Trucking news and briefs for Tuesday, Sept. 13, 2022:
Navistar launches International technician apprenticeship program
Navistar announced Monday the launch of its International Truck and IC Bus Uptime Academy, a 12-month technician apprenticeship program that offers paid, hands-on training in a real-world setting.
The new program presents a unique approach to technician training, from a 90-day dealership rotation to on-the-job class assignments. Students work with multiple vehicle types, including electric and fuel cell technologies. On top of 3,200 hours of on-the-job training, students receive 800 hours of classroom time and lab work, a journeyman toolbox, laptop and Navistar mentor.
“With the technician shortage at an all-time high, this is the perfect opportunity for future potential technicians to get their feet wet and experience working for the country’s largest commercial vehicle service network,” said Ana Salcido, manager, Technician Recruitment, Navistar. “Uptime Academy offers the benefit of working closely with new technologies, sending technicians into the industry prepared for what is to come.”
West Michigan International Service Manager Jason Carley oversees Uptime Academy apprentice Andrew Langeland and his technician mentor Jay Schick. Carley has seen firsthand the knowledge and skills Langeland has gained and considers him a major asset to the Western Michigan International service center.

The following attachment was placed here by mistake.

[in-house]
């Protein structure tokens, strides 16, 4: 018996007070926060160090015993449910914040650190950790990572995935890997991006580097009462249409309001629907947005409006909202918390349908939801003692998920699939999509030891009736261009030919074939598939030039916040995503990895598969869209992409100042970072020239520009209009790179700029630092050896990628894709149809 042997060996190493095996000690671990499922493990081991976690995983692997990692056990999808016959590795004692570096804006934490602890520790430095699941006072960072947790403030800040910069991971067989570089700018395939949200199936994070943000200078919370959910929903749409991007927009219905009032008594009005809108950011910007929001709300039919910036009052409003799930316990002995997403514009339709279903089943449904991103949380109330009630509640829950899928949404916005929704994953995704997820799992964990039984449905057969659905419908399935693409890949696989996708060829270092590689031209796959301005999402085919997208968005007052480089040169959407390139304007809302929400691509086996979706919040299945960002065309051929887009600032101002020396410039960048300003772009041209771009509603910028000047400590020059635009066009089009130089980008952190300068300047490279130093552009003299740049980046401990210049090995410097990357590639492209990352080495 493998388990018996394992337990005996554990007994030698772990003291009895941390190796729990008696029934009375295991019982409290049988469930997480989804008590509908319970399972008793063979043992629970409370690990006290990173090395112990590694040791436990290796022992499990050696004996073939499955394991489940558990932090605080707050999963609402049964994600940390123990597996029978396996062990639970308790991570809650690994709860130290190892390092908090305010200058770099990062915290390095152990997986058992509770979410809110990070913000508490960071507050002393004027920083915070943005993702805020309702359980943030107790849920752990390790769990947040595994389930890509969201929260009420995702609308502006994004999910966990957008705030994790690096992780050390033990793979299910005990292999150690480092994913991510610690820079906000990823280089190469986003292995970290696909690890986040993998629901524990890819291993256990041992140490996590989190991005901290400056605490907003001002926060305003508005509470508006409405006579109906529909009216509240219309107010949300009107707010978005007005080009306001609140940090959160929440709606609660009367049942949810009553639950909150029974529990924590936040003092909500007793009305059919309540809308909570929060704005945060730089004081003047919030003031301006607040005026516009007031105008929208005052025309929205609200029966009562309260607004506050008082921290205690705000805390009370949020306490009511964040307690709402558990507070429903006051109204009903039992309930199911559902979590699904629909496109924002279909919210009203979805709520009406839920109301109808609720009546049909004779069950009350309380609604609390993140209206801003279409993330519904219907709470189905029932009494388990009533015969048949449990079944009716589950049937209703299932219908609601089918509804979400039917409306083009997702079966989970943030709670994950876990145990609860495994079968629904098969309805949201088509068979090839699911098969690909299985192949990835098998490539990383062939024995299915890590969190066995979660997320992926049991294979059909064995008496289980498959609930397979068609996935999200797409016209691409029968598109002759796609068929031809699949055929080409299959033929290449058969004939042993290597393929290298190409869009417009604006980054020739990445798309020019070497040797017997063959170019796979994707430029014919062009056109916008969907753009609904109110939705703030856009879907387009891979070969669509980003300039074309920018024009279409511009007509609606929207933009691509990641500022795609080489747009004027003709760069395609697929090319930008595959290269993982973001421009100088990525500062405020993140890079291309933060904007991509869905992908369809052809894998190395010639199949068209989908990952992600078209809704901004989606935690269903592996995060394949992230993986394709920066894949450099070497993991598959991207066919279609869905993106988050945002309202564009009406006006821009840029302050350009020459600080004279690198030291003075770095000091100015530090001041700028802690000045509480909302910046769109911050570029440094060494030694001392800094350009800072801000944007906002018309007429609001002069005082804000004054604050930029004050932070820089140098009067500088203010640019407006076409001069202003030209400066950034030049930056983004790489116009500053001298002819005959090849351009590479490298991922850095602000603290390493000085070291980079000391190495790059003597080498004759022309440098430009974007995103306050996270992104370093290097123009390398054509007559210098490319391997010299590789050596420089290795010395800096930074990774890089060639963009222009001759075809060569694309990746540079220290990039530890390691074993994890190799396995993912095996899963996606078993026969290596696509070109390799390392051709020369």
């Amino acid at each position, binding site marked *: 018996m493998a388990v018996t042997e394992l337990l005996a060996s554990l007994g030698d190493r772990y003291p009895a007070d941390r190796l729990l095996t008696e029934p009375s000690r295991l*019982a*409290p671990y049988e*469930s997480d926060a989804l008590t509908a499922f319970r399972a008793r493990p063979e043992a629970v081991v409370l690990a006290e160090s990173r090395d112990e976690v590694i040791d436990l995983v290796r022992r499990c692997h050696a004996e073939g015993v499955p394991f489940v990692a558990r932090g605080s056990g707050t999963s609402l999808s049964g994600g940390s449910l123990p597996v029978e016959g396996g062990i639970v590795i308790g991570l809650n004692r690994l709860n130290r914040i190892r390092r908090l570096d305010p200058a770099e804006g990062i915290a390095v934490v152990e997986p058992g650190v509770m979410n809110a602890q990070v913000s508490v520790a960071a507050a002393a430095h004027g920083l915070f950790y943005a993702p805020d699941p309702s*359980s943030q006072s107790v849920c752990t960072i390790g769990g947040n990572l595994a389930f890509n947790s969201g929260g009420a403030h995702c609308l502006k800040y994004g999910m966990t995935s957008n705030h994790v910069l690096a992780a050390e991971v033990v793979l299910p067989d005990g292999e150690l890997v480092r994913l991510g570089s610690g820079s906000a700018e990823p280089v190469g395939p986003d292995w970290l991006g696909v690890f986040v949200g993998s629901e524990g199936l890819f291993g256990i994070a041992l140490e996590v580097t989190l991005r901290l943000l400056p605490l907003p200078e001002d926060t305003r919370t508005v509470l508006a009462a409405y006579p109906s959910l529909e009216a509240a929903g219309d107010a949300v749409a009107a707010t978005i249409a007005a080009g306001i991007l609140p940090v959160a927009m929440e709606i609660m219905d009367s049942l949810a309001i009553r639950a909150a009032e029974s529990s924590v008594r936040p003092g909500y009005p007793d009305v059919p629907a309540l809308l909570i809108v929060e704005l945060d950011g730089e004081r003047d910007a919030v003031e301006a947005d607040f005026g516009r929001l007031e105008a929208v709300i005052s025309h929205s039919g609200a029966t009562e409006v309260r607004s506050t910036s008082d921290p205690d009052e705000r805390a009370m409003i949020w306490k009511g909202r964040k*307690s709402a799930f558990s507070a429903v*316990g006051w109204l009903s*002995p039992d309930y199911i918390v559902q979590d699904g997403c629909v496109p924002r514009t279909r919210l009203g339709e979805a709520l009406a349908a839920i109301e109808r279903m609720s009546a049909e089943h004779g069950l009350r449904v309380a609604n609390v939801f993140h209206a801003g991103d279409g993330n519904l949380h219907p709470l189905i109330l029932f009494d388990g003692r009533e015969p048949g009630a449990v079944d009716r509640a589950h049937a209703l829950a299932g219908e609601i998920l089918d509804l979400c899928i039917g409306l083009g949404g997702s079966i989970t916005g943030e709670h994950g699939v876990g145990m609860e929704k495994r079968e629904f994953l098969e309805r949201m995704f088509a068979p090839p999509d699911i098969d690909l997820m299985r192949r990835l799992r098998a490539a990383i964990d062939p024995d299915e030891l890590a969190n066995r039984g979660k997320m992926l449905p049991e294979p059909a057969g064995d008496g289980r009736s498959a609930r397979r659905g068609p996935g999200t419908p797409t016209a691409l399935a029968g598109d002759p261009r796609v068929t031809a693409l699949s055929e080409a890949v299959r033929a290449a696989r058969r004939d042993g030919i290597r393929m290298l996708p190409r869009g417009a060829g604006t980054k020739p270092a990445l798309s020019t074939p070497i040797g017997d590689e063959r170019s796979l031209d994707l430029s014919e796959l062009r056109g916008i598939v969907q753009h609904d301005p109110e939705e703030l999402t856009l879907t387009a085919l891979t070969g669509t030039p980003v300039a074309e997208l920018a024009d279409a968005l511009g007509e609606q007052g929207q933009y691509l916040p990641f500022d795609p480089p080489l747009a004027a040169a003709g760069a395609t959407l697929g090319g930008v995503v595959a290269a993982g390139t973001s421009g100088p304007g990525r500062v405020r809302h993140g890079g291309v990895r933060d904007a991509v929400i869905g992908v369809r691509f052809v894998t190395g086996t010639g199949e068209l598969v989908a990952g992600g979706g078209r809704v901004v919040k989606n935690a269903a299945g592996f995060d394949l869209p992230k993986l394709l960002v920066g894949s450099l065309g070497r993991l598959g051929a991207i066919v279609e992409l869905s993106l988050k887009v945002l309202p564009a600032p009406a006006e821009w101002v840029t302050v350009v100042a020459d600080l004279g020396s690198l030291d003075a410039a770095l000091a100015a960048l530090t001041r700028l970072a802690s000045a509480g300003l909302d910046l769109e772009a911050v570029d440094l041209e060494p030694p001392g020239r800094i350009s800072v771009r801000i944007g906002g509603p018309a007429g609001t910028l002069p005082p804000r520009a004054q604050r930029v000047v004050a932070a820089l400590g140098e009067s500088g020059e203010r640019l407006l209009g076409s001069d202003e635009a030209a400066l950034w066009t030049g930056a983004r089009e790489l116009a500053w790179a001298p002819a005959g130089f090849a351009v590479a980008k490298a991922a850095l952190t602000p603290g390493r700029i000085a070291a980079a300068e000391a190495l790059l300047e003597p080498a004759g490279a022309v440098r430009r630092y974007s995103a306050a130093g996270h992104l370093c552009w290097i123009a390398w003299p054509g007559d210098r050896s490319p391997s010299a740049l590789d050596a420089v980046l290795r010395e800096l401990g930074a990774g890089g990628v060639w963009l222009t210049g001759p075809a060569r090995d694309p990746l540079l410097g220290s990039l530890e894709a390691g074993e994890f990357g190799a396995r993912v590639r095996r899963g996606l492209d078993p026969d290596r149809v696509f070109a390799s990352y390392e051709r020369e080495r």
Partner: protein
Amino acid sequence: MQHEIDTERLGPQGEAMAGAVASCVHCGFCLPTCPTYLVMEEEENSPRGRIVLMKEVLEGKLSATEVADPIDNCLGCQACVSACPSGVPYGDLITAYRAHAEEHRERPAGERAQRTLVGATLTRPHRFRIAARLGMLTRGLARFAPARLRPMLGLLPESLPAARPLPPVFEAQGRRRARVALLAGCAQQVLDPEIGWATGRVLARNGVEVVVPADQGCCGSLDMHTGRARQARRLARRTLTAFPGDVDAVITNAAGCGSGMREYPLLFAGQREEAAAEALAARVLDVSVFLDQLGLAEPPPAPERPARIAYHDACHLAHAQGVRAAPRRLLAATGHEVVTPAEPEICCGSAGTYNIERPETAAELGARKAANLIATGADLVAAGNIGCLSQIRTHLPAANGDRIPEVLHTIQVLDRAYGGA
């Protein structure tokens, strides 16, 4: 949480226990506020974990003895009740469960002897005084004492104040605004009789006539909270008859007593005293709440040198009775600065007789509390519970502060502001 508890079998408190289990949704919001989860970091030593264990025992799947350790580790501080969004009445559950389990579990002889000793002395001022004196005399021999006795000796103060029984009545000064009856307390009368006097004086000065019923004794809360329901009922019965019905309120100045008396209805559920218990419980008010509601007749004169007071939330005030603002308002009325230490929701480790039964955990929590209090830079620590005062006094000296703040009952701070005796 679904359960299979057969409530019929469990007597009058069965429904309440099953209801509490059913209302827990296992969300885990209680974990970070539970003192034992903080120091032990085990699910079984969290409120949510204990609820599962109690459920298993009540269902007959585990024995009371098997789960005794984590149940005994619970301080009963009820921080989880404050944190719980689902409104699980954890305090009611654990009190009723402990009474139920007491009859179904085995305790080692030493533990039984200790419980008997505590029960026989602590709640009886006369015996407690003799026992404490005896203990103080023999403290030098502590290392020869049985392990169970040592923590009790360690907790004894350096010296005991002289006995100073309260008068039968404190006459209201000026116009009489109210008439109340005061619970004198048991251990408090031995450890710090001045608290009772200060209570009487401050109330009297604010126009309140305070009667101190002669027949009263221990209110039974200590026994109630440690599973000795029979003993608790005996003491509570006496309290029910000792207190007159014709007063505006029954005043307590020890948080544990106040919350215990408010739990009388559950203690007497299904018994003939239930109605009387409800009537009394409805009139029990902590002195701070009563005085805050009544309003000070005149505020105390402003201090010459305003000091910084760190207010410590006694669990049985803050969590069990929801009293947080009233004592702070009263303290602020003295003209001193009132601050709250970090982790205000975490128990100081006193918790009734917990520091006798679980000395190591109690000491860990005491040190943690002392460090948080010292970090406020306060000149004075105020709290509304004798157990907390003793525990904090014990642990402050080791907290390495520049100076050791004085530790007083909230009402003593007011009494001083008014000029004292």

“We are very excited for the opportunities Uptime Academy has provided to aide Andrew in becoming a master certified technician within our department,” said Carley. “Communication with the academy team has been instrumental, and they continue to support and provide the proper resources to make this program possible. We are already seeing positive outcomes and are excited about future opportunities.”
Florida individual pleads guilty in moving company conspiracy
On Aug. 23, Serghei Verlan pleaded guilty in the U.S. District Court for the Southern District of Ohio to conspiracy in a racketeering enterprise -- valued at between $1.5 and $3.5 million -- to defraud more than 1,800 individuals throughout the United States.
From April 2013 through July 2018, Verlan owned and operated various moving companies that defrauded, extorted and stole from customers who hired the companies to move their household goods, according to the Department of Transportation Office of inspector General.
Verlan allegedly provided or directed materially false statements to federal regulators and third-party companies to further the scheme, and to customers in conducting affairs of the moving enterprise. Verlan was indicted in July 2018.
To obtain customers, Verlan’s companies provided low binding estimates and promised to beat their competitors' prices, OIG said. After loading customers' goods, they increased their price of the move and held the goods hostage until customers paid the inflated prices. Some loads were not delivered at all. The enterprise also charged customers for moving more cubic feet of household goods than what were actually loaded.
When customers complained, OIG said the enterprise would shut down the latest iteration of the moving company and open a new one, falsifying information about the owners' identities in order to fraudulently receive operating licenses from the Federal Motor Carrier Safety Administration.